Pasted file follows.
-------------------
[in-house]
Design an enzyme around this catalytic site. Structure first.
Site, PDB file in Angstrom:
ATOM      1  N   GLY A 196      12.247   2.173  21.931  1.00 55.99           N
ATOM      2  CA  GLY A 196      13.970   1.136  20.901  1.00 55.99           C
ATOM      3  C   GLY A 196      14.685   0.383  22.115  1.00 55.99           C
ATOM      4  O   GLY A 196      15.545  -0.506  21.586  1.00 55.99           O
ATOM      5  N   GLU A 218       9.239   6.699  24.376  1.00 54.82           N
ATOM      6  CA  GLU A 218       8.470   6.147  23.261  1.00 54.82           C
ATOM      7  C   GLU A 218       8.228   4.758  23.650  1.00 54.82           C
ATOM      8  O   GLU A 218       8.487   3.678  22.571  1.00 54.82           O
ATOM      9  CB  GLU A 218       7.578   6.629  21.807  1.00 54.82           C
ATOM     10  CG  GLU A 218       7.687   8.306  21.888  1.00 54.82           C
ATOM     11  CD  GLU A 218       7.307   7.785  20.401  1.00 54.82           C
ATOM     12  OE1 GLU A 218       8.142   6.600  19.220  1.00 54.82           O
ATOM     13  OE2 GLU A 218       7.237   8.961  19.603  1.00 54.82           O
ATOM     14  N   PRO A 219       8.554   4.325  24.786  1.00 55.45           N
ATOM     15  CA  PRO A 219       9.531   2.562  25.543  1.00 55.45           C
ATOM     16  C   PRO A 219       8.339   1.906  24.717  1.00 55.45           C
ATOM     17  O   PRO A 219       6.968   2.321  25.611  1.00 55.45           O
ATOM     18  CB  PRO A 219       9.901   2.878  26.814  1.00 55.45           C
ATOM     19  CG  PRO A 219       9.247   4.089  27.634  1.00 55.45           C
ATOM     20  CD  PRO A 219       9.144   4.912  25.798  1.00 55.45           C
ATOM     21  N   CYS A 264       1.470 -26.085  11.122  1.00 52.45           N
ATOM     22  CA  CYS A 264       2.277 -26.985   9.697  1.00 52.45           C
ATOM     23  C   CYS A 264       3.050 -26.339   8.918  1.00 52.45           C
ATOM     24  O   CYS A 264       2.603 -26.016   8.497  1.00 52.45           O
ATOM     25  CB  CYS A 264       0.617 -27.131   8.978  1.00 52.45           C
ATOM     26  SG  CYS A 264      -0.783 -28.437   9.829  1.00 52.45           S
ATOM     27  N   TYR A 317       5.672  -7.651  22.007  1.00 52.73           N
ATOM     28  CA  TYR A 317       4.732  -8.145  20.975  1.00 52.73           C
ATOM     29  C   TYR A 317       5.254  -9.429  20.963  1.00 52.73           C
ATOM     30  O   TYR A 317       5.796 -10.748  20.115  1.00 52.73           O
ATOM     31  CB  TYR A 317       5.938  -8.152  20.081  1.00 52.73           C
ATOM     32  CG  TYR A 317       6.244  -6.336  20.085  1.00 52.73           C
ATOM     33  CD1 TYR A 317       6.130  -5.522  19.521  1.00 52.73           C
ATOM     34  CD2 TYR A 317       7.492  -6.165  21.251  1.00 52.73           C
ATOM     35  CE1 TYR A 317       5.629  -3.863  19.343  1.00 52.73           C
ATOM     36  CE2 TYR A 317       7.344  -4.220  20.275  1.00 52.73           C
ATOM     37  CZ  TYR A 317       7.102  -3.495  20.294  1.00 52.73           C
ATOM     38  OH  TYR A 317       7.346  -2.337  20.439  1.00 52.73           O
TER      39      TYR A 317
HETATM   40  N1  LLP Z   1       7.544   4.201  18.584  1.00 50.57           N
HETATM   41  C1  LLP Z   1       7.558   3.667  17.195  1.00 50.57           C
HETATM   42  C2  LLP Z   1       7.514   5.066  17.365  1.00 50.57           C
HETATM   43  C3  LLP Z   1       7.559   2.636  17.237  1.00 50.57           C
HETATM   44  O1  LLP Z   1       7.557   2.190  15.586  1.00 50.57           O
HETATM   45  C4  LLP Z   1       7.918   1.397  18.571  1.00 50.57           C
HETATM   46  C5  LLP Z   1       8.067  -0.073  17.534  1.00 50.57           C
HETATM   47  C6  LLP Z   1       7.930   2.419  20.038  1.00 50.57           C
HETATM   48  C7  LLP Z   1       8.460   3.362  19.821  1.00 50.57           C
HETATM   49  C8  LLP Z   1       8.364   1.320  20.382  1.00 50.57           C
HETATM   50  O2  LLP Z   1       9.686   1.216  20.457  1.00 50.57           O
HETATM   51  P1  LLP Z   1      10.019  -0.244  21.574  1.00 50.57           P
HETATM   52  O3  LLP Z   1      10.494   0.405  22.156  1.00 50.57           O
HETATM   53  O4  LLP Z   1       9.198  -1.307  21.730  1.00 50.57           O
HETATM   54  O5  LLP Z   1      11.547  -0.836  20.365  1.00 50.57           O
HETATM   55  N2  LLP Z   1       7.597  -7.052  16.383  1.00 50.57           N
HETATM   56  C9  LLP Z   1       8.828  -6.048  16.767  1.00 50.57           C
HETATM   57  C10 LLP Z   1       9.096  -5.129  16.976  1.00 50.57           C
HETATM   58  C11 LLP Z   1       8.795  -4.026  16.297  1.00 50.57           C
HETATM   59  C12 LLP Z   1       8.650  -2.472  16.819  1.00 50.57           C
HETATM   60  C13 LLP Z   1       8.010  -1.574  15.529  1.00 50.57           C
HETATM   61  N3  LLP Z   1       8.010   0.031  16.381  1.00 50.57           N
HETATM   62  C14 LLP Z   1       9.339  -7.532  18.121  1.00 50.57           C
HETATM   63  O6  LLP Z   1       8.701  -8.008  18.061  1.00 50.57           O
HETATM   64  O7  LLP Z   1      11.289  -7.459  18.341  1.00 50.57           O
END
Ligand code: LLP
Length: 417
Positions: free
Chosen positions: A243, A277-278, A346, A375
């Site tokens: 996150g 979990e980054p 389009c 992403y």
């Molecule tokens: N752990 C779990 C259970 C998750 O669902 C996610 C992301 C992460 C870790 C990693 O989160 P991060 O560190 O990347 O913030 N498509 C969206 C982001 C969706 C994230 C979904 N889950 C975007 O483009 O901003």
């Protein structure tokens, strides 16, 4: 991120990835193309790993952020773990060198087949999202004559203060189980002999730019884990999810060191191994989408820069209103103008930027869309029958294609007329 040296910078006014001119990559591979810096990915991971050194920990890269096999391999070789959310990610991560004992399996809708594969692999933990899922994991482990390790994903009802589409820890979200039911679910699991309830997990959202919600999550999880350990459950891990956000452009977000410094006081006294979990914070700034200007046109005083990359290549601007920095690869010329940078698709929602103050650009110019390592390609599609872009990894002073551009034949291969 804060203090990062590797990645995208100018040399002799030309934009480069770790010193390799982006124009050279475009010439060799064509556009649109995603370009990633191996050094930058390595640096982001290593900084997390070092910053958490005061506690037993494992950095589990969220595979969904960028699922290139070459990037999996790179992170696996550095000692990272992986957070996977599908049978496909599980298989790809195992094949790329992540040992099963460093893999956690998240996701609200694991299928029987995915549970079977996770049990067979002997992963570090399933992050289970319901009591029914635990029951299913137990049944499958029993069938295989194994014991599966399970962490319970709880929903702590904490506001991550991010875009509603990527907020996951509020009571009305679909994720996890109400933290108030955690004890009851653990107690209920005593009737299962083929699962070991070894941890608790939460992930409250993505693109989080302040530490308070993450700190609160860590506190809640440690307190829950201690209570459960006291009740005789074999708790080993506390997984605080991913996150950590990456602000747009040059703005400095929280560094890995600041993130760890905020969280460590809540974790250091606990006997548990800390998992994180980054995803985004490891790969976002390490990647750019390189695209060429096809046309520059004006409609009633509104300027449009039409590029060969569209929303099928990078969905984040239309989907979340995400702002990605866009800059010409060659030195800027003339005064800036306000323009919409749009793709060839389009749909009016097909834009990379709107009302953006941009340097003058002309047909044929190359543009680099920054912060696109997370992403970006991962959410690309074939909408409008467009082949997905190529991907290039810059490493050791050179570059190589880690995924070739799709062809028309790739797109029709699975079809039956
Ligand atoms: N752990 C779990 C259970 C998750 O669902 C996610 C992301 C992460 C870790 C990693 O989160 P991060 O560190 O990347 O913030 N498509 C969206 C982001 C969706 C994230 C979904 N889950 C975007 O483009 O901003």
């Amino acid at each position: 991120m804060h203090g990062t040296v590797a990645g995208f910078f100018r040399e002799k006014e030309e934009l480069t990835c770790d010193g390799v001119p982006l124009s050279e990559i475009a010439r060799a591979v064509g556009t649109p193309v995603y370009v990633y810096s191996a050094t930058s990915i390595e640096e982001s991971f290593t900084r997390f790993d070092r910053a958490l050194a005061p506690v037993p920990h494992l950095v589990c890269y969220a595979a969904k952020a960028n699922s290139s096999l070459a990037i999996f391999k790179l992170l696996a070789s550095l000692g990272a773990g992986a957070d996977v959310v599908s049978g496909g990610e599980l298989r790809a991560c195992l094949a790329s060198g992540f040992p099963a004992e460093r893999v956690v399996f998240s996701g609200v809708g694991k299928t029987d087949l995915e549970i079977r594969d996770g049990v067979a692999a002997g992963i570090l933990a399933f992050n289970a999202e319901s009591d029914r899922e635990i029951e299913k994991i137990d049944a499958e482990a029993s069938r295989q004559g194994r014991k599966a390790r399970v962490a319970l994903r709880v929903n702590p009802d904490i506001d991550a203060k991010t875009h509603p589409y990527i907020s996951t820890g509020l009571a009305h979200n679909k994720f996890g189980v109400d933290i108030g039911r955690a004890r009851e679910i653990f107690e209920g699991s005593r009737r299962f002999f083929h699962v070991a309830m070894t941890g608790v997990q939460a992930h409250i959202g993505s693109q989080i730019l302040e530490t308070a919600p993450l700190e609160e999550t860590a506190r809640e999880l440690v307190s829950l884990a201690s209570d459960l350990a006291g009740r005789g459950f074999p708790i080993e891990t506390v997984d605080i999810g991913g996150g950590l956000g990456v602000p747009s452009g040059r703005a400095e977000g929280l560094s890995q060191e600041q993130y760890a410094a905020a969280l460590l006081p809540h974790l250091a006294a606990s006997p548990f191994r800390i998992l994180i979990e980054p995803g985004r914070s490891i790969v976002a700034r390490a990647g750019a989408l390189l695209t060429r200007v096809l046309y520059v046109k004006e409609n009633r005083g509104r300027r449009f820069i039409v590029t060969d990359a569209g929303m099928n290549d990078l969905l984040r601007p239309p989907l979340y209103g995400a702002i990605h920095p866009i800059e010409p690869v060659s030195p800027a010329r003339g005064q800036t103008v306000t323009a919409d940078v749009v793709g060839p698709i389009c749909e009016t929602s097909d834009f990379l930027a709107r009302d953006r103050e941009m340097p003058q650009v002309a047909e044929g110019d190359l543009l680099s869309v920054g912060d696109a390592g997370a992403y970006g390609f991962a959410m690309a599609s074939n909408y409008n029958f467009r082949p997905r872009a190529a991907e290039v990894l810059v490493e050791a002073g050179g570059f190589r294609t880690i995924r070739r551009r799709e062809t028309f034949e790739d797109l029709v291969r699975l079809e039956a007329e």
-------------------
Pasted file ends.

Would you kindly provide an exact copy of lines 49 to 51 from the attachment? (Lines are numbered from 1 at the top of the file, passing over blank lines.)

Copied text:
HETATM   46  C5  LLP Z   1       8.067  -0.073  17.534  1.00 50.57           C
HETATM   47  C6  LLP Z   1       7.930   2.419  20.038  1.00 50.57           C
HETATM   48  C7  LLP Z   1       8.460   3.362  19.821  1.00 50.57           C